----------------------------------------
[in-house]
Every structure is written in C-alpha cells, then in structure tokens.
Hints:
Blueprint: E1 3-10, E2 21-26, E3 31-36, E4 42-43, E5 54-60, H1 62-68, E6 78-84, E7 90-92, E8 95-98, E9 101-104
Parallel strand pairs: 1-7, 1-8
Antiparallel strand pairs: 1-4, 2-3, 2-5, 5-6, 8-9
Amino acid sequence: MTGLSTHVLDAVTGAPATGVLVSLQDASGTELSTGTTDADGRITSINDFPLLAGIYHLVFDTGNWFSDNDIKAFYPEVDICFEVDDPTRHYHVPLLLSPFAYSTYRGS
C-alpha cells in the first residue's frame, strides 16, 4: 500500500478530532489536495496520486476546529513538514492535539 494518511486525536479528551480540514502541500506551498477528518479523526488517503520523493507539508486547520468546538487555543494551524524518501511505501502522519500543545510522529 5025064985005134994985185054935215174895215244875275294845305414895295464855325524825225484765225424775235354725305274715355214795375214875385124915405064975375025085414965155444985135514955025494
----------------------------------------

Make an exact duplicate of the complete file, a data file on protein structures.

[in-house]
Every structure is written in C-alpha cells, then in structure tokens.
Hints:
Blueprint: E1 3-10, E2 21-26, E3 31-36, E4 42-43, E5 54-60, H1 62-68, E6 78-84, E7 90-92, E8 95-98, E9 101-104
Parallel strand pairs: 1-7, 1-8
Antiparallel strand pairs: 1-4, 2-3, 2-5, 5-6, 8-9
Amino acid sequence: MTGLSTHVLDAVTGAPATGVLVSLQDASGTELSTGTTDADGRITSINDFPLLAGIYHLVFDTGNWFSDNDIKAFYPEVDICFEVDDPTRHYHVPLLLSPFAYSTYRGS
C-alpha cells in the first residue's frame, strides 16, 4: 500500500478530532489536495496520486476546529513538514492535539 494518511486525536479528551480540514502541500506551498477528518479523526488517503520523493507539508486547520468546538487555543494551524524518501511505501502522519500543545510522529 5025064985005134994985185054935215174895215244875275294845305414895295464855325524825225484765225424775235354725305274715355214795375214875385124915405064975375025085414965155444985135514955025494